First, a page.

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184 thoughts on ““Toxins”: the new evil humours

  1. rosemary says:

    Ikw, I hope you aren’t including me in either the woo’er or non-woo’er category. I am not a Skeptic and I don’t call nonsense or irrationality “woo”. I call it crazy or silly. Neither do I consider all nonsense to be equal or equally dangerous. To me the silly kind is funny.

    Ikw, “the non-woo’ers often appear to paint with a very broad brush and seem to be disparaging epidemiology and statistics in general.”
    If that refers to me, I either didn’t express myself well or you have read into it something that wasn’t there. I do not disparage epidemiology or statistics. Neither do I worship RCT. I do my best to “weigh” the evidence in its entirety knowing full well that in the real world nothing is ever certain and that solid new evidence can appear at any time which leads to different conclusions than those previously indicated by the available evidence.

    IMO, journalists writing articles like those linked to in the NYT cleverly get the general public to jump to conclusions that are not based on evidence but rather loose associations. I suspect the reason is that some of the journalists themselves jump to those conclusions but that others know that the fear they invoke will sell copy.

    Ikw, “Finding a less broad (and bombastic) means for communicating the weaknesses of these studies might help the public better understand the scientific process and the manner in which both accurate and precise conclusions can be drawn from data.”
    I think that there are a lot of people like the bloggers here and academics who have been trying to do just that for ever and a day yet they are failing horribly to reaching a very large segment of the general public. As I’ve said repeatedly, people learn in different ways. My style is not that of the academic or the Skeptic and I think that there are people, many of whom do not understand or even want to listen to academics or Skeptics, who understand me very well. [Admittedly, that is just my opinion. The evidence is very weak and of the poorest quality. :-)]

    If any journalists are reading, I apologize. I think, but haven’t checked, that I may have used compliment instead of complement in a previous comment.

  2. rosemary:

    ” it is a very important point since a great many people jump to the erroneous conclusion that whenever an author lists scientific sites or citations from scientific journals that his work is scientific and that the science supports his conclusions.”

    That is an excellent point.

    The technique is sometimes referred to as “bibliography salad” and it takes advantage of a common misconception that lay people have about science. Many lay people believe that publication of a scientific paper means that the paper has been evaluated as “true.” But publication means nothing of the kind; it merely means that the paper has been deemed worthy of being included in the discussion. Other scientists, doctors etc. will take it in to consideration when evaluating the overall body of evidence on the topic.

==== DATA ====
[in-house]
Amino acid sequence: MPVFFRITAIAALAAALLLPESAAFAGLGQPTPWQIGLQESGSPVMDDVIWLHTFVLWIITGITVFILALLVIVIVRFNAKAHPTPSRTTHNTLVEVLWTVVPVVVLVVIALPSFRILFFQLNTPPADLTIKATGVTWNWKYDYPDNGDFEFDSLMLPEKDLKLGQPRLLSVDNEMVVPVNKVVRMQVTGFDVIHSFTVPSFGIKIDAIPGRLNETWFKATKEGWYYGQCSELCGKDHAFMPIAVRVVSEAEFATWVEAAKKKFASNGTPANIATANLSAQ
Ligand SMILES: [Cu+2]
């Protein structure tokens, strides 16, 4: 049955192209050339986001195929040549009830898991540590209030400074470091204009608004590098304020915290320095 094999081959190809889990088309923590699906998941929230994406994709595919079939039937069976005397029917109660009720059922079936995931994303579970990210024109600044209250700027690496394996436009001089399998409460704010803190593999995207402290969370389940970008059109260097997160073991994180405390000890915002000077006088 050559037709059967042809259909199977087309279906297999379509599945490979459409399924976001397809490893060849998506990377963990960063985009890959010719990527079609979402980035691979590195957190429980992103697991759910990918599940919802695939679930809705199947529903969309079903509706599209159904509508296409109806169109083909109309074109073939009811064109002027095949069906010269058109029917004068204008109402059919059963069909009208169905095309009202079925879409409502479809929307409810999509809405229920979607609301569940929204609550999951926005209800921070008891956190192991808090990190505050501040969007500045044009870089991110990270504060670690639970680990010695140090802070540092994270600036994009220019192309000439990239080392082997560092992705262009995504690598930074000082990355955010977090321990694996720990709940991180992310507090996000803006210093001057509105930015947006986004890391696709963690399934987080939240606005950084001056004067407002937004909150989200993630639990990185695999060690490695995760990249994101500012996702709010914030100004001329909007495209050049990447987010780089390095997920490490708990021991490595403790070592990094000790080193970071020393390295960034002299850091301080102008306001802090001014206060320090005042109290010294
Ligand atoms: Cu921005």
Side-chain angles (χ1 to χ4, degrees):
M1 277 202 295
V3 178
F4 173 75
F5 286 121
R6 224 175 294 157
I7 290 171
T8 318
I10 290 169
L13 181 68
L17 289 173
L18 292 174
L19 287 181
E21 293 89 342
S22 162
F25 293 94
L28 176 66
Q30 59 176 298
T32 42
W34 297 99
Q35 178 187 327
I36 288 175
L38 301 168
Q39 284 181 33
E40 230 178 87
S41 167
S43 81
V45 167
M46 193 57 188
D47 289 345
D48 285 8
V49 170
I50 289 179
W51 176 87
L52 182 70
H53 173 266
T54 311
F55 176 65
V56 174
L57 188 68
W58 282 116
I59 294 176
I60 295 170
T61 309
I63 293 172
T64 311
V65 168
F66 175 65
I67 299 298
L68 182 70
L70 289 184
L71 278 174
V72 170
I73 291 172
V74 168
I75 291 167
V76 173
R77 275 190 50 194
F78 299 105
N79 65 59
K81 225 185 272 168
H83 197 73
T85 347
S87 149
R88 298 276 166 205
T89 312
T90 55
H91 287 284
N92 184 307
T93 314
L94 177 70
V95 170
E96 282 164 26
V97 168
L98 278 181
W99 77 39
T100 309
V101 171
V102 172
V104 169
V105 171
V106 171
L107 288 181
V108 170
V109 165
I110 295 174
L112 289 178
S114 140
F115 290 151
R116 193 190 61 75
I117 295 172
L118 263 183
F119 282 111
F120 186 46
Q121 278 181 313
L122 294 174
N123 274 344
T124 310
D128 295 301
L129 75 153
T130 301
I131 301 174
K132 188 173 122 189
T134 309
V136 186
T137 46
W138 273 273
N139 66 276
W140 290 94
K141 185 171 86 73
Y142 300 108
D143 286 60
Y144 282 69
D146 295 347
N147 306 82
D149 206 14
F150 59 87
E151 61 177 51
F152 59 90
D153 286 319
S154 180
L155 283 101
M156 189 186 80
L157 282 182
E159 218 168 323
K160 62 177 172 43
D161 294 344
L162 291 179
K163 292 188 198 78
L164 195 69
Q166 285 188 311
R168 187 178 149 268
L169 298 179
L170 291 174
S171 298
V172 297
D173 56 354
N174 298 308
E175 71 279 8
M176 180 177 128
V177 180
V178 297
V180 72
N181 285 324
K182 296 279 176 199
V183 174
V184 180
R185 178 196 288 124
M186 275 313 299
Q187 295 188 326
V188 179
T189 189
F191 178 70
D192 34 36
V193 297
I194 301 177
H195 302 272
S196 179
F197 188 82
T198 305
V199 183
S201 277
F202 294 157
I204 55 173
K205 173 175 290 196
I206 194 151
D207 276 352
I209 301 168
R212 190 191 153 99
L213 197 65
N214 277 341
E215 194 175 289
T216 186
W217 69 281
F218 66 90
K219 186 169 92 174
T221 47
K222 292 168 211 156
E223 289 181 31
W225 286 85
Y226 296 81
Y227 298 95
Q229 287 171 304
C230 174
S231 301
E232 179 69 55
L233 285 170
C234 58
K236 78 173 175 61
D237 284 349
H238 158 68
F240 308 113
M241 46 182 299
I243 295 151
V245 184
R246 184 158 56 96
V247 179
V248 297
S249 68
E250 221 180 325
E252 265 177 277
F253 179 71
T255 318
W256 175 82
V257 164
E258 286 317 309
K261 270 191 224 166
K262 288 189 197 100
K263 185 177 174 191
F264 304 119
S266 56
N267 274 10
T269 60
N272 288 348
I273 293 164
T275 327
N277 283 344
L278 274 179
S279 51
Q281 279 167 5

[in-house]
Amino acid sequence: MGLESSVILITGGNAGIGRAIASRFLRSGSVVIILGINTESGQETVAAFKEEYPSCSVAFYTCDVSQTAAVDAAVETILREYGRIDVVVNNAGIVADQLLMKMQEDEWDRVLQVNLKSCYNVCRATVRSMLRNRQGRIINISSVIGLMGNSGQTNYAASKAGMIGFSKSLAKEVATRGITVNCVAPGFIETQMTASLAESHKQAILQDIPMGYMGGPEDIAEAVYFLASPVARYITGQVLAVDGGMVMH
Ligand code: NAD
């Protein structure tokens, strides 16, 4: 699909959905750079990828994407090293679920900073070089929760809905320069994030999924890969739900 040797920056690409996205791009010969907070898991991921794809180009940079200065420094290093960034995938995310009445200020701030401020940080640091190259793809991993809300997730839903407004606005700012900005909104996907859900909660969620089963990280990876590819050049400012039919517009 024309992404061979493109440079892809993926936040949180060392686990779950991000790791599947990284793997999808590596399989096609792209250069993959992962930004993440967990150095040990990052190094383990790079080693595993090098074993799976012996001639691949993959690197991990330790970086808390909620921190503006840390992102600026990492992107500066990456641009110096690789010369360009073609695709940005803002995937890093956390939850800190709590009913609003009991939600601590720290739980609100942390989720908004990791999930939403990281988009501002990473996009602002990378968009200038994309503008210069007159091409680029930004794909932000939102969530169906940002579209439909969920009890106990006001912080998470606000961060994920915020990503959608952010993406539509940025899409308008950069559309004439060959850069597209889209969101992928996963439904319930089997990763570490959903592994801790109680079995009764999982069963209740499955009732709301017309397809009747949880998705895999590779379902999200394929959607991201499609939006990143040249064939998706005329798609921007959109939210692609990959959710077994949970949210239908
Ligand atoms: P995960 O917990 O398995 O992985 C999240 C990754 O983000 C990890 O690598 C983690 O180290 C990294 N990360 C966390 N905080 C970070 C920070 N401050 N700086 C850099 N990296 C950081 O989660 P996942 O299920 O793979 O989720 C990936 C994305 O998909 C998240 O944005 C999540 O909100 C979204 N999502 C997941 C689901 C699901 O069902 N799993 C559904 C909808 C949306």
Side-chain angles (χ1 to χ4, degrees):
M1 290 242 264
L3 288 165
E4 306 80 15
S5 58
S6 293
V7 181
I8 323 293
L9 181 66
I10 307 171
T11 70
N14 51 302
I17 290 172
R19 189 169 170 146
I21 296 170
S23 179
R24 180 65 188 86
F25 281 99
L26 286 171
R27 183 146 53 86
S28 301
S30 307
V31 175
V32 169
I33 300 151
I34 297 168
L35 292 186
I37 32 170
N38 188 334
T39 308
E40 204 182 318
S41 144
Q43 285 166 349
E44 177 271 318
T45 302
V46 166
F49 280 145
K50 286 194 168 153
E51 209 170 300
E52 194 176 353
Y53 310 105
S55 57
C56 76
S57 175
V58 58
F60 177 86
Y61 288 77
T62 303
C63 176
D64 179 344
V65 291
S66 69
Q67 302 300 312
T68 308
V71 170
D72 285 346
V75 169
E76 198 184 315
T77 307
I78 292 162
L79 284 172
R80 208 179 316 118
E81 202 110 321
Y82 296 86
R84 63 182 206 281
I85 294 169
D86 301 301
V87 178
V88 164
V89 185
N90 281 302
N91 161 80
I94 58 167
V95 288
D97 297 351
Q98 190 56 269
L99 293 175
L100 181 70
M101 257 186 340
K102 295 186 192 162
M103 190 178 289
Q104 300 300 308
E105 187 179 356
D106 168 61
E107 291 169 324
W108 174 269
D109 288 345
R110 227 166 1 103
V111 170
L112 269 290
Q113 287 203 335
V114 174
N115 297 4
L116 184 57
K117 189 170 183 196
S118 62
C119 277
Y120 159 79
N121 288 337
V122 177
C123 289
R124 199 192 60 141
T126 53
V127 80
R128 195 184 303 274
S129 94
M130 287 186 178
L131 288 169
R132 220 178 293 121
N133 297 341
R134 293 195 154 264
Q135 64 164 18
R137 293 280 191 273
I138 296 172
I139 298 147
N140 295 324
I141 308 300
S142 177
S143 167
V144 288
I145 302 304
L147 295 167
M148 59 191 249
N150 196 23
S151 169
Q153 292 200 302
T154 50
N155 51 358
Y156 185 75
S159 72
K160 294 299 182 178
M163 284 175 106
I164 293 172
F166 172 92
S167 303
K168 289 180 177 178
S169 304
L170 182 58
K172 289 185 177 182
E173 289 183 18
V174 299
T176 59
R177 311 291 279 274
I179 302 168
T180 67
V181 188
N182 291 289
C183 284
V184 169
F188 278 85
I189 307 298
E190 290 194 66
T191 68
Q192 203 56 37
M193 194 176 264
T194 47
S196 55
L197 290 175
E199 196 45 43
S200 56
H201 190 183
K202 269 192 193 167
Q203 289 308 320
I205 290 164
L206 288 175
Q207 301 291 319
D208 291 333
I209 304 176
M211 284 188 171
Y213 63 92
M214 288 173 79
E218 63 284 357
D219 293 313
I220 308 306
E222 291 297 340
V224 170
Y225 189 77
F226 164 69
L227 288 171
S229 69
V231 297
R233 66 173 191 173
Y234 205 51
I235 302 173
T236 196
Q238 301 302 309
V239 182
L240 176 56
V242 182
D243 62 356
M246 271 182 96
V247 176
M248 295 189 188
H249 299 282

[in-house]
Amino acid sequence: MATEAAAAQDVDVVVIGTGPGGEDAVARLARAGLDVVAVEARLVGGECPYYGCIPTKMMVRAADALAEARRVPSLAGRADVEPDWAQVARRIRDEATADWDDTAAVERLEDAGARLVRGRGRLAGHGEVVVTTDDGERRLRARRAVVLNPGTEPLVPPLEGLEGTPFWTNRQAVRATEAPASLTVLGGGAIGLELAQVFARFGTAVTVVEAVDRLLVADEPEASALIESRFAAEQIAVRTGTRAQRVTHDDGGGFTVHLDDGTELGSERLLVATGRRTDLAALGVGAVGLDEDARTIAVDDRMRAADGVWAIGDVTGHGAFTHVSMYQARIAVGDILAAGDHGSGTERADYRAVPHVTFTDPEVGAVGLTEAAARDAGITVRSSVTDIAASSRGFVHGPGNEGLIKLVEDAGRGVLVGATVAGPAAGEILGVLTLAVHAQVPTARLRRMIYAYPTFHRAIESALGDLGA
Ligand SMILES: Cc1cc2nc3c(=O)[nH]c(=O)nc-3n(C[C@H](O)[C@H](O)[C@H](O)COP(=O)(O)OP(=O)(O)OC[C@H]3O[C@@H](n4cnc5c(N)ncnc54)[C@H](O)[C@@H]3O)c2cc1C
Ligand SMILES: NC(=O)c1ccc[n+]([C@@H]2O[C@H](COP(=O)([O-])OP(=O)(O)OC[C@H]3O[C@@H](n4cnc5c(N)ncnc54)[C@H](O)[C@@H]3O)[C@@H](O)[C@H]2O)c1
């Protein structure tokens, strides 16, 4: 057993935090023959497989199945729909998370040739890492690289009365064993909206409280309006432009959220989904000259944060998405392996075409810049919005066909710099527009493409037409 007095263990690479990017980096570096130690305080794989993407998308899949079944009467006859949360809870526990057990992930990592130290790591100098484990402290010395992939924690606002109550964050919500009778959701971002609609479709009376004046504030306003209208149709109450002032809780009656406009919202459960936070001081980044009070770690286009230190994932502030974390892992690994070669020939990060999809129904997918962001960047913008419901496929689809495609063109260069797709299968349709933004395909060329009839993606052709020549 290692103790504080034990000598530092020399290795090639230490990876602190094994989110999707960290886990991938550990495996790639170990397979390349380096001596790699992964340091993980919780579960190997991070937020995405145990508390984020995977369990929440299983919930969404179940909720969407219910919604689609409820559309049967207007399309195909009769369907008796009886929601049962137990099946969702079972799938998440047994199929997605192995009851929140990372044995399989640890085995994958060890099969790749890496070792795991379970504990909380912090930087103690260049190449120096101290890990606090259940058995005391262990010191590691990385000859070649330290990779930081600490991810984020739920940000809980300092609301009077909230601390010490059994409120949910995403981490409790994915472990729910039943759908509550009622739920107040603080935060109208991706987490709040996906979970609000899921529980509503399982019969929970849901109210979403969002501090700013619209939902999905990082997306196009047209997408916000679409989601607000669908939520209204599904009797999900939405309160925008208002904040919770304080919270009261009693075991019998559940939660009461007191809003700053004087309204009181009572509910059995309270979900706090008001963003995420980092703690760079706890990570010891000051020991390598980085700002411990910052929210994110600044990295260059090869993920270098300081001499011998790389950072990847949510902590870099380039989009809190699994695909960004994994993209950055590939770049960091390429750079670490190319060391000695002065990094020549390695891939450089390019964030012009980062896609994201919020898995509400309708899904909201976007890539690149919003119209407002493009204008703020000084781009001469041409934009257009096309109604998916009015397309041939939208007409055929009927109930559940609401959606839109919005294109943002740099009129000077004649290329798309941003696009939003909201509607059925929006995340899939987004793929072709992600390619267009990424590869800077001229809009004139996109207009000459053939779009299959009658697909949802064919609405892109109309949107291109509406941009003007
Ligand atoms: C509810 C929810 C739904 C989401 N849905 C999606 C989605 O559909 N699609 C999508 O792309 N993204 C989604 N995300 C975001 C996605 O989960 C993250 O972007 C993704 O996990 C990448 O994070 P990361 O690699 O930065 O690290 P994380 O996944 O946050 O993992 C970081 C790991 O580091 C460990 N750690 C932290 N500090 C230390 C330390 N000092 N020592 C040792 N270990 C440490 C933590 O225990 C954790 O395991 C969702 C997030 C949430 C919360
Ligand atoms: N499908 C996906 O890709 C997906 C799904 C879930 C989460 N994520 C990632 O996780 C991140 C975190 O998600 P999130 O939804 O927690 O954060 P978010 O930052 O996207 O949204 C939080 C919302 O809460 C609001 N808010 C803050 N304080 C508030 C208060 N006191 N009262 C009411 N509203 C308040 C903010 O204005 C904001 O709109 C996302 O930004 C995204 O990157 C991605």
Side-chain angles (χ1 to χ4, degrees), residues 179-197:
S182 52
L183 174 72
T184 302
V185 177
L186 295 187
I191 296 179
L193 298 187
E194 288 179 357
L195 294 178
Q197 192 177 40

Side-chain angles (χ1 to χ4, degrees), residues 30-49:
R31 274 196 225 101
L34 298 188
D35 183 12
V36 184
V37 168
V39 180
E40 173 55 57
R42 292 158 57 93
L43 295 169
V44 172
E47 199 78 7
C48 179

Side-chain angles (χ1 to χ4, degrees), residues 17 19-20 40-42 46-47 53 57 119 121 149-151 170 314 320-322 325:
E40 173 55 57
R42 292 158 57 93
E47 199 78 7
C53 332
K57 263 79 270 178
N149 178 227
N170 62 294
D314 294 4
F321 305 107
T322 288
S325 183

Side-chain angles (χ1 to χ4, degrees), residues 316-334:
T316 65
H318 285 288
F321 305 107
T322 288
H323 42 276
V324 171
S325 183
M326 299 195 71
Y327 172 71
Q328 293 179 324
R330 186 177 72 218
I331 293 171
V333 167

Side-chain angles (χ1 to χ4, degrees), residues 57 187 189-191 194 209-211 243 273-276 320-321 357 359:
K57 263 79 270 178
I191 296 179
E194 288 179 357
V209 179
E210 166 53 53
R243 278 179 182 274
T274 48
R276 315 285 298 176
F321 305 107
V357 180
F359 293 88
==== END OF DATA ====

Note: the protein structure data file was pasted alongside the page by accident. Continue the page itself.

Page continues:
Moreover, as you point out, since the purveyors of “bibliography salad” depend on the fact that lay people will not read the actual papers, many citations do not support the claim or even undermine the claim.

    That’s why when someone presents a “bibliography salad” to me, I always ask whether they have read the actual papers (not just the abstract) and whether they can produce a quote that supports whatever claim they are trying to make.

  3. David Gorski says:

    However, in doing so, the non-woo’ers often appear to paint with a very broad brush and seem to be disparaging epidemiology and statistics in general.

    Not true. In fact, many of the studies upon which I rely and about which I’ve blogged about in order to show that there is no correlation between vaccines and autism are epidemiological studies, some of them quite huge.

  4. Harriet Hall says:

    re: Effectiveness in the blogosphere.

    Quality and effective communication are the goals of SBM. While traffic and comments may be the popular measure of success in the blogosphere, they are only an indication that a lot of people are reading and want to express their own opinions. In fact, the number of comments seems to correlate best to the amount of emotion generated by the subject itself. The numbers themselves are a poor indicator for what we are trying to achieve.

    I would rather write a high quality post understood by a few people and providing an enduring reference for information not readily available elsewhere than a lower quality popular post read by many. I hope I speak for all the SBM authors.

  5. Zoe237 says: